Heath Ledger and Abbie Cornish play unbelievably gorgeous heroin junkies Dan and Candy in Candy, a don't-try-this-at-home melodrama adapted from Australian author Luke Davies's aptly billed "novel of love and addiction." Essentially the film is Requiem for a Dream with a lot less of that overrated indie's shooting-gallery pizzazz, although director Neil Armfield does put his smacked-out couple on one of those centrifugally forceful amusement park rides in the very first scene in order to suggest that their young lives are, you know, spinning out of control. En route to drug hell, the film manages some faintly amusing moments, as when Dan, high at his own wedding, is treated to a boring elder's Graduate-level career counselreal estate, not plasticsand literally nods off. Cornish, Kidman- esque in her elusive, look-but-don't-touch allure, may have the title role here, but Ledger, long-haired and so soft-looking you'd think he was shot slightly out of focus, is the movie's real eye candy. Armfield's colorful sets keep things on the implausibly cheery side of surreal until the requisite withdrawal scene, which uses nothing more than a room-sized mattress and a pathetically old TV set as props, the quivering junkies left to their own devices. Any drug movie's effectiveness can be measured by the strength of its detox, and Candy doesn't sweeten the cold turkey. Still, it's a downward spiral from there in more ways than one. Never mind the neo-psychedelic-pop soundtrack and occasional double-vision cinematography: Dope just can't account for the film's fried brain cells.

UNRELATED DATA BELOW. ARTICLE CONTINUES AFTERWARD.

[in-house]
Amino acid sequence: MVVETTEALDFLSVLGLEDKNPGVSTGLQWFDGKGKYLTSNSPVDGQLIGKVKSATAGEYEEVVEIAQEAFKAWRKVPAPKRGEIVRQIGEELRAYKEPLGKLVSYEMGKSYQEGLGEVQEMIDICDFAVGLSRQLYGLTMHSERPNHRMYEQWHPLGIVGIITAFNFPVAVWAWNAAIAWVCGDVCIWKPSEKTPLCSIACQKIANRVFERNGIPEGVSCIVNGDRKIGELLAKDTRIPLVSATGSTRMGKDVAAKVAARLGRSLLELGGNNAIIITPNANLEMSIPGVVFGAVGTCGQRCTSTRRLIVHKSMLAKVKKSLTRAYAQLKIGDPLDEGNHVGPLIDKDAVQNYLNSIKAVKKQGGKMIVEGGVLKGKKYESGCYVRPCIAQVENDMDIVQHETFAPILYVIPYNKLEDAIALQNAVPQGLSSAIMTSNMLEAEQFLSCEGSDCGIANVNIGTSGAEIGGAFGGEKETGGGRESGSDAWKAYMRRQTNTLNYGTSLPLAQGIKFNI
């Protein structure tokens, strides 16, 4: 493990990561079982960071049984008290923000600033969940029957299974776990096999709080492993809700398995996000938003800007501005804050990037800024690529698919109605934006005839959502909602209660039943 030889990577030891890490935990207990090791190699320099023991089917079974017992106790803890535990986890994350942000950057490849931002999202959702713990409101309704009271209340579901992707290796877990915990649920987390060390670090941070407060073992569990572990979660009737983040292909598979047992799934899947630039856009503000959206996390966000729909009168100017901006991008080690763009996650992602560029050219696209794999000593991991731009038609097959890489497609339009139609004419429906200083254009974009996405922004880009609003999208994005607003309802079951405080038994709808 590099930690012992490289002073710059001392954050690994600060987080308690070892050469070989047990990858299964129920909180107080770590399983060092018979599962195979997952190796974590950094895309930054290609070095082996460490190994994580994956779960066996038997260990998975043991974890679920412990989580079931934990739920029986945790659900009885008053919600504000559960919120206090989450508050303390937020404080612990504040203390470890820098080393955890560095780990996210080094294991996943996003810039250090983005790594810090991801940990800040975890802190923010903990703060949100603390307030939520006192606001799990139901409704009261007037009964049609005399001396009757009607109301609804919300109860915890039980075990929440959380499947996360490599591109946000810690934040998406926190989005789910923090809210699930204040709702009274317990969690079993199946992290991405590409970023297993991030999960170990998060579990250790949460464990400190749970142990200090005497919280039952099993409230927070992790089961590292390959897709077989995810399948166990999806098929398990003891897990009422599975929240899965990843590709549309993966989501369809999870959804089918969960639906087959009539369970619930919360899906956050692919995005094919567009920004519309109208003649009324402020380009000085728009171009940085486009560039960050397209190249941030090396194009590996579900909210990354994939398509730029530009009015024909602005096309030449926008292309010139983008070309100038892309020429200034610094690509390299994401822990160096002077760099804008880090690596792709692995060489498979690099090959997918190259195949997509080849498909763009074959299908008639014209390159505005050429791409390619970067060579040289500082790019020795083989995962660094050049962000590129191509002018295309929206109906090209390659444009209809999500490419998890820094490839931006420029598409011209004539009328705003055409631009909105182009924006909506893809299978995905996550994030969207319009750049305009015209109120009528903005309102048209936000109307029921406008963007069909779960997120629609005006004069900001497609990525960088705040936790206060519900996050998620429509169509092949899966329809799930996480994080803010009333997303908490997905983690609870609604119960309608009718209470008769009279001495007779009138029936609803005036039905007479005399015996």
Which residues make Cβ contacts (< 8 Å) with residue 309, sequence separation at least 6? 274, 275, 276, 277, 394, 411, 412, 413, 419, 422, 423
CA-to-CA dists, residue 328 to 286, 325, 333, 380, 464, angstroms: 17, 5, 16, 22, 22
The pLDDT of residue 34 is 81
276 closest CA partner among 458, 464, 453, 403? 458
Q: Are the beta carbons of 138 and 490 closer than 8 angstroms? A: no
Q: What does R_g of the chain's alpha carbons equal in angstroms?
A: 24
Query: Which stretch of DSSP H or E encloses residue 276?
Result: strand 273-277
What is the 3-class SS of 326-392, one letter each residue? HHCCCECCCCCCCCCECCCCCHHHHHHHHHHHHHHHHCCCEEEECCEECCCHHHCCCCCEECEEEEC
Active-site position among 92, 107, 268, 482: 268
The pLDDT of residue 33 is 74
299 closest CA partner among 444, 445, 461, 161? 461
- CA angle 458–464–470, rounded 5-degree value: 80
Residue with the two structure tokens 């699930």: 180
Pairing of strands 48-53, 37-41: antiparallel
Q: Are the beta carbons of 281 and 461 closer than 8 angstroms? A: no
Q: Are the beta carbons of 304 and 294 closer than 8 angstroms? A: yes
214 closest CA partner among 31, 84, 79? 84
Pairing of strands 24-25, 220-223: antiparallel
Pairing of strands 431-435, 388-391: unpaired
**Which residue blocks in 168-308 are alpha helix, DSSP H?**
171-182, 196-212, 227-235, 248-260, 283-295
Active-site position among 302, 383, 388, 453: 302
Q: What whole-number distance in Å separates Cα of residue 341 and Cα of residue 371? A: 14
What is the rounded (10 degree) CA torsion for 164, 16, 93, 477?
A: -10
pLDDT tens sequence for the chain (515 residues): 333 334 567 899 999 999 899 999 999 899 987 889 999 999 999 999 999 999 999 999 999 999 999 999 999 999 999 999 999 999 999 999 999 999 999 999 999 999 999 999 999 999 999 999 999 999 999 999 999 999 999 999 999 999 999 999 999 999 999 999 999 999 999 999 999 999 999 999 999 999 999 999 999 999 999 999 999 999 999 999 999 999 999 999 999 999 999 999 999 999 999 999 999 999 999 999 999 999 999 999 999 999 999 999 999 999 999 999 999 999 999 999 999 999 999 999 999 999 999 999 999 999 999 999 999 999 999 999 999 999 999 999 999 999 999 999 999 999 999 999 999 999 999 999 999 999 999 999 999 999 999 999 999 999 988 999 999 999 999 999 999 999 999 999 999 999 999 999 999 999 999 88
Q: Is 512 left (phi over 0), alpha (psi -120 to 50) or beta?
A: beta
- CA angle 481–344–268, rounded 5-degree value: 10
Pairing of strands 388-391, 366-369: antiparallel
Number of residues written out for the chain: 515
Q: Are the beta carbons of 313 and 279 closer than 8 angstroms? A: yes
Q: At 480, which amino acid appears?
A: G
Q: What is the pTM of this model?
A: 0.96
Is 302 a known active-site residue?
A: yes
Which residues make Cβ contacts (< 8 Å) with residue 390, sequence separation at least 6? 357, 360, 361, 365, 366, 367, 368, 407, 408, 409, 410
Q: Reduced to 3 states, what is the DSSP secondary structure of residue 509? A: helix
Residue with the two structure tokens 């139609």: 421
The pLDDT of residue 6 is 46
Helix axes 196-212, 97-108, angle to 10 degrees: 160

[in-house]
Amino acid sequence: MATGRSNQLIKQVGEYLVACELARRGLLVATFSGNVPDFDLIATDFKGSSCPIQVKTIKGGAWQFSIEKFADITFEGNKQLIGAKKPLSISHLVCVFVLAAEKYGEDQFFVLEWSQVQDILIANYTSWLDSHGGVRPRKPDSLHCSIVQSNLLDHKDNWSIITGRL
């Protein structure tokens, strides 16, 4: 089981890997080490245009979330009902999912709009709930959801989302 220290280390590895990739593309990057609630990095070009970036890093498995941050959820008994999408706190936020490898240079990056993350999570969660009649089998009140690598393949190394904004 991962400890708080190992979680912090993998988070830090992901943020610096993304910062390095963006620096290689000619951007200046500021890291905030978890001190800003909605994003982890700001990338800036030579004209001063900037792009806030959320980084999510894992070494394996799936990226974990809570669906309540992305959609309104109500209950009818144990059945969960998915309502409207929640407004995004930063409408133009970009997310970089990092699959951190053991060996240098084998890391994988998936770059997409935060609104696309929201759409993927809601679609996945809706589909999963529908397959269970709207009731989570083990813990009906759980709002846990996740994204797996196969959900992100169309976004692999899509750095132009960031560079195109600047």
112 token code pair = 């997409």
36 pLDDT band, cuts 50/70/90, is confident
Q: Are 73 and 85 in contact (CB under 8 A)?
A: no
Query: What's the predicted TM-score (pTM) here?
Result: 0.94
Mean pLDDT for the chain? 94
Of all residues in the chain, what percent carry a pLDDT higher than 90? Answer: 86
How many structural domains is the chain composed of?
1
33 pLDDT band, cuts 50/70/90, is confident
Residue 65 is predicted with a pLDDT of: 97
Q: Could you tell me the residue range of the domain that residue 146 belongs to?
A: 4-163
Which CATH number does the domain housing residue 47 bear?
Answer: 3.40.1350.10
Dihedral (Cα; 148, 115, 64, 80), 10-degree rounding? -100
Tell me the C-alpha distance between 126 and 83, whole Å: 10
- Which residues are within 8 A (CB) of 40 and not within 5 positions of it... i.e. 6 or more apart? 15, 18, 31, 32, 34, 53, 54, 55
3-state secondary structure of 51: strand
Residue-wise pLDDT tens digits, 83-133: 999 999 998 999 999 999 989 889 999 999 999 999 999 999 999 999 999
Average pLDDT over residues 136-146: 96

Get the Film Club Newsletter
Stay up to date on the best new movies with our critics' latest reviews, interviews and trailers for the films coming to a theater near you each week.